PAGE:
an exploration of urban identity in the middle of Texas
British historian Derek Sayer, author of an important new book on Prague, spent the past year in Austin. At the end of his time here, TEOA asked him for his parting impressions of the city.
I wish I was in Austin
In the Chili Parlor Bar
Drinking mad dog margaritas
And not caring where you are
When I’m traveling I take hundreds of photographs. What bits of the landscape make it into my hard drive is serendipitous—other than the occasional gas station or diner, everything between Austin and Galveston and Galveston and New Orleans is missing from the photographic record of the road trip we took in March because I was doing the driving. It was my first time in Galveston so I’ll always remember it as it looks in my pictures—lights glinting on the harbor, cranes with their tops cut off in the fog.
When I’m staying a while, as I have done in Austin these last nine months, the record gets patchy for other reasons. I slip into the routine of work and leave the camera at home. I say I’ll come back and shoot this or that but when I do the light is all wrong. Even when I have the camera with me as often as not that elusive “decisive moment” gets lost while I’m fiddling with the focus.
All the images here were shot without flash or zoom or autofocus, in available light. Small and unobtrusive, with a reassuringly old-fashioned look and feel, the Leica M9 is a great camera for street photography.
Stuff that works, stuff that holds up
The kind of stuff you don’t hang on the wall
Stuff that’s real, stuff you feel
The kind of stuff you reach for when you fall
Only the M9 is a high-end digital camera, and the RAW files recorded on its sensor have all been “developed” in Adobe Lightroom. There is nothing new (or specifically digital) about that. The human eye is incapable of seeing the depth of field captured in Ansel Adams’ photographs, shot on a large format camera at f64, but it is through those images that America came to know and love the Rocky Mountains.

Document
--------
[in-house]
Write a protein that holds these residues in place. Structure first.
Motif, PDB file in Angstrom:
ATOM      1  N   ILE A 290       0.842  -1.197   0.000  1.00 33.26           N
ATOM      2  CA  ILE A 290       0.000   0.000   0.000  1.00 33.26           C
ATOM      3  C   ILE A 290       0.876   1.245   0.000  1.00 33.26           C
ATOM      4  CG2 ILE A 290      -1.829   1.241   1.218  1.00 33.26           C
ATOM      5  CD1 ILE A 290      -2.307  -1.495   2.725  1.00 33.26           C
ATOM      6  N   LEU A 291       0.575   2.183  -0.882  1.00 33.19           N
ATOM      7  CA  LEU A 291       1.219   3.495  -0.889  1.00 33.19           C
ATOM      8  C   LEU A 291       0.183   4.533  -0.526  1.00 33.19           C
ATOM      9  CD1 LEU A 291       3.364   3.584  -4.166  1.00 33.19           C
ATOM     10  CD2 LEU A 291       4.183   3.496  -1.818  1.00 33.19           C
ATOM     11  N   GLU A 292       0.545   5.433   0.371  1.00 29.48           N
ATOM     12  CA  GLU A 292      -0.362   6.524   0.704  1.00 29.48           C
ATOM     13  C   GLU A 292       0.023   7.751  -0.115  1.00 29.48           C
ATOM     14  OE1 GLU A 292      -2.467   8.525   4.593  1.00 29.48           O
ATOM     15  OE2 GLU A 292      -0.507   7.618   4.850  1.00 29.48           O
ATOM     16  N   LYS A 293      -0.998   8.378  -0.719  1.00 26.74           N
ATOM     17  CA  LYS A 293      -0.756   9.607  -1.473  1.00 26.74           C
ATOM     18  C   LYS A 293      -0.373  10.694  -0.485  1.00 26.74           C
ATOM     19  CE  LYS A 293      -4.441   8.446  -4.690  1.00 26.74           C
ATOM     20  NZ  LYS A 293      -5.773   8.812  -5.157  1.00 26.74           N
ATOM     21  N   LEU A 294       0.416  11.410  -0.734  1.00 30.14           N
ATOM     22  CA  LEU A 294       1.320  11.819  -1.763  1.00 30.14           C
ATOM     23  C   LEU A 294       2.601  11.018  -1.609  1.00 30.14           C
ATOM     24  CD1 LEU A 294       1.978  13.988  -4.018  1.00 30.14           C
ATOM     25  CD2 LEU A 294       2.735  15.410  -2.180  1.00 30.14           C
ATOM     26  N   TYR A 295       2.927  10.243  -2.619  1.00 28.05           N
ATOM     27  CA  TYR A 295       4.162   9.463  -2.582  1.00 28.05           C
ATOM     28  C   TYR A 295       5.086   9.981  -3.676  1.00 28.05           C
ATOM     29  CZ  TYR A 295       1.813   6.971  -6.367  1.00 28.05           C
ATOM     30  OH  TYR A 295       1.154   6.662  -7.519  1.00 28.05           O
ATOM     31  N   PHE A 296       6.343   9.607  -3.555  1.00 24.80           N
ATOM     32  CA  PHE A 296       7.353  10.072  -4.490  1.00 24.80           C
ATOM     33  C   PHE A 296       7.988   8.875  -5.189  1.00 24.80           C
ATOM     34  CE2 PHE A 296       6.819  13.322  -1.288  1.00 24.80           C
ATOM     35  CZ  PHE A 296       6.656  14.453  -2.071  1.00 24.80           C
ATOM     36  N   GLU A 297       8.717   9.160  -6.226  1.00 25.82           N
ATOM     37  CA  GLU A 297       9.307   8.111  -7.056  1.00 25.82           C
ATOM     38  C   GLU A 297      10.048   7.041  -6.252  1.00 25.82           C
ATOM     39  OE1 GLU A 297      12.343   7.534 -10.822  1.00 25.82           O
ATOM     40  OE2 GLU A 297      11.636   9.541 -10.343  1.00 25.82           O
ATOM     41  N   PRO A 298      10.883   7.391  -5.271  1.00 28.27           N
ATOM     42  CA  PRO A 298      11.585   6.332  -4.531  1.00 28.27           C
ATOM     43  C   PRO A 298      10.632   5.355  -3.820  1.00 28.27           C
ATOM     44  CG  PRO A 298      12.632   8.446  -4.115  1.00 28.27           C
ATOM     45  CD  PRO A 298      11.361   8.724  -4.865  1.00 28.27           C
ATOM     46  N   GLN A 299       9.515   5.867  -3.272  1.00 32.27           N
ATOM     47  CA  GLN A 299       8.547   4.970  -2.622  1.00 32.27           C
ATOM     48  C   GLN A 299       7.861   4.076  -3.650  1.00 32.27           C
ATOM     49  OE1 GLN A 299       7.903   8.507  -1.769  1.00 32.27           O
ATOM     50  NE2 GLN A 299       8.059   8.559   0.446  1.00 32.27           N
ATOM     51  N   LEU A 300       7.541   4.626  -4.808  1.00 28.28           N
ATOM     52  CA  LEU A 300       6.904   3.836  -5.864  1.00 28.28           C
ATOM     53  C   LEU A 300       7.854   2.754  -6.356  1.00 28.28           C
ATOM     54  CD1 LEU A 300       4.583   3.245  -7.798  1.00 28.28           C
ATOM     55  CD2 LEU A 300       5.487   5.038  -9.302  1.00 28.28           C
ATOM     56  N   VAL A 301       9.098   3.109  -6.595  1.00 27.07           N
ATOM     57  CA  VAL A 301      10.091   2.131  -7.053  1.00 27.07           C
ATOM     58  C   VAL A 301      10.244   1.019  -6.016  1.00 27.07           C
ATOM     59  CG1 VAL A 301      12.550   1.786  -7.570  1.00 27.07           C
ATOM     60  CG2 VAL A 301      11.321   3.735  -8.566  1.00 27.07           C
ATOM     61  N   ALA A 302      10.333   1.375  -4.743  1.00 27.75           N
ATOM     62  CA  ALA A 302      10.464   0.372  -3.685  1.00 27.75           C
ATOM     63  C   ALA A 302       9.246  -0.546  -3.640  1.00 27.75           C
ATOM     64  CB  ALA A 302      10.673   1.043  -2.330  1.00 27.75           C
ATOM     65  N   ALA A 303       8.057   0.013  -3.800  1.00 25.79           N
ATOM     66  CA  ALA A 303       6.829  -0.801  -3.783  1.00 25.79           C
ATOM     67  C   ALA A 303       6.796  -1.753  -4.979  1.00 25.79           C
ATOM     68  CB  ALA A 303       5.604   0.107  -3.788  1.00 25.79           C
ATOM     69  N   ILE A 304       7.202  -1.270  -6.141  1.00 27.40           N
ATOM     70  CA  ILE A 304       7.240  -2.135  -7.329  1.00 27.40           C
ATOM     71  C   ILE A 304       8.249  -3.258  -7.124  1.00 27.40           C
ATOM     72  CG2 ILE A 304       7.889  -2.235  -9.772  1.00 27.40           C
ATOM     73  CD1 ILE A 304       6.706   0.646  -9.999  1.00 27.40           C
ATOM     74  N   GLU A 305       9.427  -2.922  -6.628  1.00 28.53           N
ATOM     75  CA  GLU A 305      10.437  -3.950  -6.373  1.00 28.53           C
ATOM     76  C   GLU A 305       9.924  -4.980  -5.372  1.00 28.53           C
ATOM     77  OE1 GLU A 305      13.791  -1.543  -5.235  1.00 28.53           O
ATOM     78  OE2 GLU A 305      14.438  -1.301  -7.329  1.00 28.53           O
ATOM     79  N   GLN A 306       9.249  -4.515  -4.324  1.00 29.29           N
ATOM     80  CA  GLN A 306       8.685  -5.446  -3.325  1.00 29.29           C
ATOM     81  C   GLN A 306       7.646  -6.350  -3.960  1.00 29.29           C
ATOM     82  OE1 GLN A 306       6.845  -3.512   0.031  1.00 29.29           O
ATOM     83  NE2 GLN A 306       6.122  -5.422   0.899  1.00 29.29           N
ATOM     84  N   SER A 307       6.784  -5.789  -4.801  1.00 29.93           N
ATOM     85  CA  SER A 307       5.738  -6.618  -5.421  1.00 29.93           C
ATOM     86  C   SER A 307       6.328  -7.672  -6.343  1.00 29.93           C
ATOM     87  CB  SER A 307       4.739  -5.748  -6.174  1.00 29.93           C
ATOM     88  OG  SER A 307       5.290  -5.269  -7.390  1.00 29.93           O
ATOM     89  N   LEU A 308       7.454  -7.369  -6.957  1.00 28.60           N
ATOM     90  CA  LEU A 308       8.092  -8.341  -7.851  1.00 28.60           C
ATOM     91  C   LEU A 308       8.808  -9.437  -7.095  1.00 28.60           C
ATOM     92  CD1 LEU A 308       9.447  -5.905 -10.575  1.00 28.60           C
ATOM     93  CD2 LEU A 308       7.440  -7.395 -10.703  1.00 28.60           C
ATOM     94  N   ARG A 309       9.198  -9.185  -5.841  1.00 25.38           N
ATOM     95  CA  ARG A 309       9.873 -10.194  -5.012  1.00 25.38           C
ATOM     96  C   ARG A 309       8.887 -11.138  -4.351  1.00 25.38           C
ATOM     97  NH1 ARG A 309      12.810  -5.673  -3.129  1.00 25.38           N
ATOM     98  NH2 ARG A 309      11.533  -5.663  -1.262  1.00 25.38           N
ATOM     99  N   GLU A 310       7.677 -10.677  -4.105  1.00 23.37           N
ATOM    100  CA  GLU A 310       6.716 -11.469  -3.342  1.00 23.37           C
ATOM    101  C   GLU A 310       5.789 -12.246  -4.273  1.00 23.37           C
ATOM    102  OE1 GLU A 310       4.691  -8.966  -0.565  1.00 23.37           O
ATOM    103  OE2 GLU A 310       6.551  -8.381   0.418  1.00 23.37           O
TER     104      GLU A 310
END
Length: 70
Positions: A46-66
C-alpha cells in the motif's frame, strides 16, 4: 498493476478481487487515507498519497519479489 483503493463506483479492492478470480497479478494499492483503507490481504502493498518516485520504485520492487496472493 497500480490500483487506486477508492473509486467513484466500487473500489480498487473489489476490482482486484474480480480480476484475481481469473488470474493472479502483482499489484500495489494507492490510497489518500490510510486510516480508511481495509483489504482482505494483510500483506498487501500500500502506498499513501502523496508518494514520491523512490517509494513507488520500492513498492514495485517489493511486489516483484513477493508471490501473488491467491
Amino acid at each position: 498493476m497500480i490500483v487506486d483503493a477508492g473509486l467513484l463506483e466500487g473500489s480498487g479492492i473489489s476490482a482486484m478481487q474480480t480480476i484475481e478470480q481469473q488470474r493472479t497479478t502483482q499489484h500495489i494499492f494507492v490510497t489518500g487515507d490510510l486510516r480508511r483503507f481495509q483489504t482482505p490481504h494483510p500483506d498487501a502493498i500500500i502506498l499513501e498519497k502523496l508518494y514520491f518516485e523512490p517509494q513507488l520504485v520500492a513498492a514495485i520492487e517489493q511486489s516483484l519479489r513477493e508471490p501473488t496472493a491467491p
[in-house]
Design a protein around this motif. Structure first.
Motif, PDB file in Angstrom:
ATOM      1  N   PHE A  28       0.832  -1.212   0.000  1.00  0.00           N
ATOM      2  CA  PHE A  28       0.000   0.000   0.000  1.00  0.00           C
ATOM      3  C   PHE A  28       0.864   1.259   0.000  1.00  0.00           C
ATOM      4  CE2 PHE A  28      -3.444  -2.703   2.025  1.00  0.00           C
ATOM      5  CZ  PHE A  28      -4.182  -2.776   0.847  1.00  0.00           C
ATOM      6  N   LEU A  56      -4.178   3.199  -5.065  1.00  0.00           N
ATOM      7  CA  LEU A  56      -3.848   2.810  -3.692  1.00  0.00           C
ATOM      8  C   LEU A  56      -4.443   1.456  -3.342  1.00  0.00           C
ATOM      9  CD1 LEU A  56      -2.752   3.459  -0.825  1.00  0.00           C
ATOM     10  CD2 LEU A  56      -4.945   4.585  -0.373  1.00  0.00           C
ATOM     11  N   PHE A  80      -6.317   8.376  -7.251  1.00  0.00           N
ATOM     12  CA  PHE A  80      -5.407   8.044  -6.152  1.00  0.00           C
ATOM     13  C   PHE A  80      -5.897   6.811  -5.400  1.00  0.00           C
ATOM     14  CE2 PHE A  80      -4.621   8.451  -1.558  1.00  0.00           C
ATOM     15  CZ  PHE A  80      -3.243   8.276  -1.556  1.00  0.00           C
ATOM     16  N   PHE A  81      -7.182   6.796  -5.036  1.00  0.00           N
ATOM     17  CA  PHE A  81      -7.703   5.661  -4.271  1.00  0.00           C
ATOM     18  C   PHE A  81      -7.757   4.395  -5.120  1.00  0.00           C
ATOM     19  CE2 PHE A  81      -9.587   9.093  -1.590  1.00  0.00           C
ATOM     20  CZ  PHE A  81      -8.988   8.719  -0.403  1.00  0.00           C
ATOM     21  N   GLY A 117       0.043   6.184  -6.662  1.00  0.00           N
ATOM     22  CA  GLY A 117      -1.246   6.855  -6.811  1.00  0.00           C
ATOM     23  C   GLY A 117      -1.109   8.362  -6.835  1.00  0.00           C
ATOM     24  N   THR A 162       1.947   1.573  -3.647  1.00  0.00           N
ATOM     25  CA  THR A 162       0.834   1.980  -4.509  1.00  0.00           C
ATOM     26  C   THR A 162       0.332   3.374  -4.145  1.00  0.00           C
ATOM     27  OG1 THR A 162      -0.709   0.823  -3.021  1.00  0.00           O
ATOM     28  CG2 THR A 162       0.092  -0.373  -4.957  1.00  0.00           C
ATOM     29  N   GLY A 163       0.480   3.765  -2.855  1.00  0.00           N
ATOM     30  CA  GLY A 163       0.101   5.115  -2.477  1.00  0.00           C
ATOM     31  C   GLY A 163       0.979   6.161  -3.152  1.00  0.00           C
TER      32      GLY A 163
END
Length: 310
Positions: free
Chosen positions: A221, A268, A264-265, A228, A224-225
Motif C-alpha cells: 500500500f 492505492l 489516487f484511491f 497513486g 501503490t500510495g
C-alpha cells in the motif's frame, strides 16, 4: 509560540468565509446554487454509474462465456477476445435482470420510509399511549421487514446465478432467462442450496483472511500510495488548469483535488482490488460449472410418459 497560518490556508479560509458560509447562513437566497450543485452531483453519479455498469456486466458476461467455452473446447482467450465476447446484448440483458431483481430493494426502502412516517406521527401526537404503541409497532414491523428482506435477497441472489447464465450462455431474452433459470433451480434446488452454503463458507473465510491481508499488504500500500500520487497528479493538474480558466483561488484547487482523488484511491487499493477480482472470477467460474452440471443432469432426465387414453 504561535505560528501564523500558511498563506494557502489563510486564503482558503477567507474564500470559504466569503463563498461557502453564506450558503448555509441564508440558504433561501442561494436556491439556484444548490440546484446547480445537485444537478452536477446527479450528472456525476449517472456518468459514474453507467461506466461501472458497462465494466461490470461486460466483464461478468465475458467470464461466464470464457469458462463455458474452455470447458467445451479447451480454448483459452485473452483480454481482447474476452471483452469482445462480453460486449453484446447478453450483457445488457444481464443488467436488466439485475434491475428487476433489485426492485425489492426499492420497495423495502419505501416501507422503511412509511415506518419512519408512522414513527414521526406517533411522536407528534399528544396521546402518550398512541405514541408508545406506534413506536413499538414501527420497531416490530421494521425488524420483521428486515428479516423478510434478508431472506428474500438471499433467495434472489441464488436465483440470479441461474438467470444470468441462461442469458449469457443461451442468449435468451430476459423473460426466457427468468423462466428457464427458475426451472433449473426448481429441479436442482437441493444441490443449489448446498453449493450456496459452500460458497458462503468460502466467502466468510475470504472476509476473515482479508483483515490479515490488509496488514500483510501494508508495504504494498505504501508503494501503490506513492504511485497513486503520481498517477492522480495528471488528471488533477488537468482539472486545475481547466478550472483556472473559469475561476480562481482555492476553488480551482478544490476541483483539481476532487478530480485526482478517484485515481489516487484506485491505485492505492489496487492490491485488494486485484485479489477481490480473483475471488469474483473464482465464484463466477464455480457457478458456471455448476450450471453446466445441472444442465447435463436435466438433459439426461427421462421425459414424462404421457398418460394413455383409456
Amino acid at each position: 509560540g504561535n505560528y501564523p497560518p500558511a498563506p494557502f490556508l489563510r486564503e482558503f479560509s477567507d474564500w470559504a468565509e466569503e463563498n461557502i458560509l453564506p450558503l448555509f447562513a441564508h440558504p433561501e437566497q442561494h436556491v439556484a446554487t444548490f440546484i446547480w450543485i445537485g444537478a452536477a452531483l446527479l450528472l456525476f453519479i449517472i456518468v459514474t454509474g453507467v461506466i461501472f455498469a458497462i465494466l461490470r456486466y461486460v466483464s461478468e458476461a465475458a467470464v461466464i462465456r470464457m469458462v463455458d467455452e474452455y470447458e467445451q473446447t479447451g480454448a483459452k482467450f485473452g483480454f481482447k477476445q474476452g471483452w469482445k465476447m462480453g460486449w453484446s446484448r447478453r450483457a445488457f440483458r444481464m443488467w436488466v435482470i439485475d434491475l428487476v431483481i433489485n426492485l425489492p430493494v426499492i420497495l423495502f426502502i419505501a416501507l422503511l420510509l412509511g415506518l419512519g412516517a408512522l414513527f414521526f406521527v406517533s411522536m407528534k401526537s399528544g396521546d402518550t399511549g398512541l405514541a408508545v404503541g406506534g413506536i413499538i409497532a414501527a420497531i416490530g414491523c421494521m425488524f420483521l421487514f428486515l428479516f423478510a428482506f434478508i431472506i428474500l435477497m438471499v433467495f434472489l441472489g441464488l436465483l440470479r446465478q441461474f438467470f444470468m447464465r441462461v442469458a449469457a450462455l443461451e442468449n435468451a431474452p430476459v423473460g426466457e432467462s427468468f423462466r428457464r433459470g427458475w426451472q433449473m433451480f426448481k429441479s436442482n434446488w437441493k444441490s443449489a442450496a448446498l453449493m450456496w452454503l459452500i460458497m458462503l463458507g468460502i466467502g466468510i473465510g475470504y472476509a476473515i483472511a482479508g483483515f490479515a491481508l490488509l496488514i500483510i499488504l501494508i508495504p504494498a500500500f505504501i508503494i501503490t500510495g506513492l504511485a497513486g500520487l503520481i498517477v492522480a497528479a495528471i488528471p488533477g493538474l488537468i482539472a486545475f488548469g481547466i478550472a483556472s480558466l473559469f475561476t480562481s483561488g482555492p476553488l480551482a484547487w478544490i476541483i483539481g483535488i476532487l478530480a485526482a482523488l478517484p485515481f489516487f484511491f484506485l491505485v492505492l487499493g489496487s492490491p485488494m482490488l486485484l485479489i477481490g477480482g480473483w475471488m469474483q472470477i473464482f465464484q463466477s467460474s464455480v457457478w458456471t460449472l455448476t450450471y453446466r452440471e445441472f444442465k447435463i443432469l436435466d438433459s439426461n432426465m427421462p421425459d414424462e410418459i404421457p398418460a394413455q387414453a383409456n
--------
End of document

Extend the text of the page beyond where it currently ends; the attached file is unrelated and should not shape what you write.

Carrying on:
These images will likely be my most lasting souvenirs of Austin. Back in England I shall call them up from time to time and probably feel achingly nostalgic. I spent twenty years of my adult life living in North America, and Texas is much like Alberta (oil, country music and pickup trucks) except warmer in winter.
But there is irony in the term “souvenir”—the French word for “to remember”—for as time slips by the images will take the place of memory, standing in for times and places that are gone beyond recall. In the end what I’m likely to remember most is less the city—unless maybe I’m listening to Sam Baker—than the photographs.
Just up the street from us the Omelettry, an old-fashioned diner with hokey murals and a kick-ass ABLT, is closing its doors this summer after 32 years on the corner of Burnet Road and West 49th Street and moving to Airport Boulevard. The rents have gotten way too high.
Next door the Noble Pig has opened to long lines and rave reviews. The Pig offers fancier sandwiches—anyone for pecan smoked beef brisket, kimchi, white onion and sambal mayo?—and does a nice line in retro sodas. During the renovations they uncovered an old, faded Dr Pepper ad running the length of the frontage above the door. They have retained it and chosen a font for the new Noble Pig sign to match.
The font vaguely but powerfully recalls kinder and gentler time of uncertain date but unmistakable resonance. We can argue forever about if and when the “real” Austin ended but authenticity is in the eye of the beholder. I suspect that so long as it keeps reinventing itself in the image of its recollected pasts, keeping it weird, the city will do just fine.
Perhaps it was an imagined Austin I photographed to begin with. But I shall miss it.
Lyrics from Guy Clark’s Dublin Blues and Stuff That Works.
Derek Sayer is a professor of history at Lancaster University in the UK and the author of the widely praised new book, Prague: Capital of the Twentieth Century.